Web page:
When employed in a LAN networking environment, the computer 820 can be connected to the local network 851 through a network interface or adapter 853. When utilized in a WAN networking environment, the computer 820 generally can include a modem 854, and/or is connected to a communications server on the LAN, and/or has other means for establishing communications over the wide area network 852, such as the Internet. The modem 854, which can be internal or external, can be connected to the system bus 823 via the serial port interface 846. In a networked environment, program modules depicted relative to the computer 820, or portions thereof, can be stored in the remote memory storage device. It will be appreciated that the network connections shown are exemplary and other means of establishing a communications link between the computers can be employed.

In accordance with the practices of persons skilled in the art of computer programming, the subject invention has been described with reference to acts and symbolic representations of operations that are performed by a computer, such as the computer 820, unless otherwise indicated. Such acts and operations are sometimes referred to as being computer-executed. It will be appreciated that the acts and symbolically represented operations include the manipulation by the processing unit 821 of electrical signals representing data bits which causes a resulting transformation or reduction of the electrical signal representation, and the maintenance of data bits at memory locations in the memory system (including the system memory 822, hard drive 827, floppy disks 829, and CD-ROM 831) to thereby reconfigure or otherwise alter the computer system's operation, as well as other processing of signals. The memory locations wherein such data bits are maintained are physical locations that have particular electrical, magnetic, or optical properties corresponding to the data bits.

Referring now to FIG. 9, a client-server system 900 that can employ a vertical partitioning according to one aspect of the invention is illustrated. The client(s) 920 can be hardware and/or software (e.g., threads, processes, computing devices). The system 900 also includes one or more server(s) 940. The server(s) 940 can also be hardware and/or software (e.g., threads, processes, computing devices). For example, such servers 940 can house threads to perform transformations by employing the invention. The client 920 and the server 940 can communicate, between two or more computer processes. As illustrated, the system 900 includes a communication framework 980 that can facilitate communications between the client(s) 920 and the server(s) 940. The client(s) 920 is operationally connected to one or more client data store(s) 910 that can store information local to the client(s) 920. Moreover, client 920 can access and update databases 960 located on a server computer 940 running a server process. In one aspect of the invention, the communication frame work 980 can be the internet, with the client process being a Web browser and the server process being a Web server. As such, a typical client 920 can be a general purpose computer, such as a conventional personal computer having a central processing unit (CPU), system memory a modem or network card for connecting the personal computer to the Internet, and a display as well as other components such as a keyboard, mouse, and the like. Likewise a typical server 940 can be university or corporate mainframe computers, or dedicated workstations, and the like.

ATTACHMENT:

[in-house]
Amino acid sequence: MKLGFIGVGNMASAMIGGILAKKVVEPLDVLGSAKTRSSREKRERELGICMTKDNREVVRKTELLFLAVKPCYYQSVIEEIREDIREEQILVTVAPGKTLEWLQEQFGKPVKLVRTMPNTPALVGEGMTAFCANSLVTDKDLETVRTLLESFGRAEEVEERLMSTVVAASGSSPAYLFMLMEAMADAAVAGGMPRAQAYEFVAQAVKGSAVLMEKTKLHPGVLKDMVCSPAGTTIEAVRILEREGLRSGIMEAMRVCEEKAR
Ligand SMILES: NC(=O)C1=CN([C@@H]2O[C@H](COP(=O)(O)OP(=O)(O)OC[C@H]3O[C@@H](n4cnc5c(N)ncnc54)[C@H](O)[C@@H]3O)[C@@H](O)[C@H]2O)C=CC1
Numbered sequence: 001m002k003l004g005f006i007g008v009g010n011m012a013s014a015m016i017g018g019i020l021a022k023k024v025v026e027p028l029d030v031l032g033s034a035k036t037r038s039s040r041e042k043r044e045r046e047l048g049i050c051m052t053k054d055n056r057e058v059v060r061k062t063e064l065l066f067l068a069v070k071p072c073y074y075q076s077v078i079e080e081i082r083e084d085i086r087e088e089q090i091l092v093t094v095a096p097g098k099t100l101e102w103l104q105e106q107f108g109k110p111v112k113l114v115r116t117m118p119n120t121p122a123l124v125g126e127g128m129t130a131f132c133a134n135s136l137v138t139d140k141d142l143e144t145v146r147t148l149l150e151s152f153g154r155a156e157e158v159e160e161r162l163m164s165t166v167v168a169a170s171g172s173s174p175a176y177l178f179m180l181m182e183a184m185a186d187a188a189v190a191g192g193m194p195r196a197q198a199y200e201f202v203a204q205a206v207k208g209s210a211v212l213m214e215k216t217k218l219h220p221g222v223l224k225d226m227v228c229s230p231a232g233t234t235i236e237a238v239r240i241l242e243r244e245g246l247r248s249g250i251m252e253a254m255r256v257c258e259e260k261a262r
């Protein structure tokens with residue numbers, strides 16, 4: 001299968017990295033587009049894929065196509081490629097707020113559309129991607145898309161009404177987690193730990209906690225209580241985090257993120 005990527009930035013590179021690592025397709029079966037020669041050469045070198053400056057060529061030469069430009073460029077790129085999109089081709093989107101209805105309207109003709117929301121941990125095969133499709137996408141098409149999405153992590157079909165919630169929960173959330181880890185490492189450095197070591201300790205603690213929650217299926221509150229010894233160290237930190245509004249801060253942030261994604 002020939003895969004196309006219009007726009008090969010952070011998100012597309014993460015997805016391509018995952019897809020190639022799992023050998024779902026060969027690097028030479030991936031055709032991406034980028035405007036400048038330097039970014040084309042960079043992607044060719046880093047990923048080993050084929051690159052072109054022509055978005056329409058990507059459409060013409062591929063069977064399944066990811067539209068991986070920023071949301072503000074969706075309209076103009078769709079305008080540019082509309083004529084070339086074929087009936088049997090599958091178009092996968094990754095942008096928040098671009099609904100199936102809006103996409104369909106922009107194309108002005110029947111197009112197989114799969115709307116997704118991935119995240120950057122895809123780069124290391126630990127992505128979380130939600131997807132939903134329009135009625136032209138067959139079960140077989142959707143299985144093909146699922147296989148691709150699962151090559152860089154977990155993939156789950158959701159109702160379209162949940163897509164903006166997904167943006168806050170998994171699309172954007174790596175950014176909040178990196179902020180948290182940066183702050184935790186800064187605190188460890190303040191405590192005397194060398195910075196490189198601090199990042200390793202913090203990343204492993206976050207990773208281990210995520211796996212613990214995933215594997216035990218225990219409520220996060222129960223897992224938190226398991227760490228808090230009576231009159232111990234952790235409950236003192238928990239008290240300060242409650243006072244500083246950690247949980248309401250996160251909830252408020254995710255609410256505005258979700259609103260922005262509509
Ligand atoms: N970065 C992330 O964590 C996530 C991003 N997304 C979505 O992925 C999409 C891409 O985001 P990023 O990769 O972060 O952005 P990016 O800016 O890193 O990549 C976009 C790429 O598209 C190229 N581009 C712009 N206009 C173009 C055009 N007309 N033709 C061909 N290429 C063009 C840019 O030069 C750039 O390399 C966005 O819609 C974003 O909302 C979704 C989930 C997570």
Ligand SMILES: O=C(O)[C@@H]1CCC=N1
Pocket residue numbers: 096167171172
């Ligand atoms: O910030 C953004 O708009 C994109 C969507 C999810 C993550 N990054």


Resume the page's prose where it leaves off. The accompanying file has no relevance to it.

Although the invention has been shown and described with respect to certain illustrated aspects, it will be appreciated that equivalent alterations and modifications will occur to others skilled in the art upon the reading and understanding of this specification and the annexed drawings. In particular regard to the various functions performed by the above described components (assemblies, devices, circuits, systems, etc.), the terms (including a reference to a “means”) used to describe such components are intended to correspond, unless otherwise indicated, to any component which performs the specified function of the described component (e.g., that is functionally equivalent), even though not structurally equivalent to the disclosed structure, which performs the function in the herein illustrated exemplary aspects of the invention. In this regard, it will also be recognized that the invention includes a system as well as a computer-readable medium having computer-executable instructions for performing the acts and/or events of the various methods of the invention. Furthermore, to the extent that the terms “includes”, “including”, “has”, “having”, and variants thereof are used in either the detailed description or the claims, these terms are intended to be inclusive in a manner similar to the term “comprising.”

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Classifications
U.S. Classification1/1, 707/E17.032, 707/999.003, 707/999.002
International ClassificationG06F17/30, G06F7/00
Cooperative ClassificationG06F17/30584, Y10S707/99933, Y10S707/99932
European ClassificationG06F17/30S7P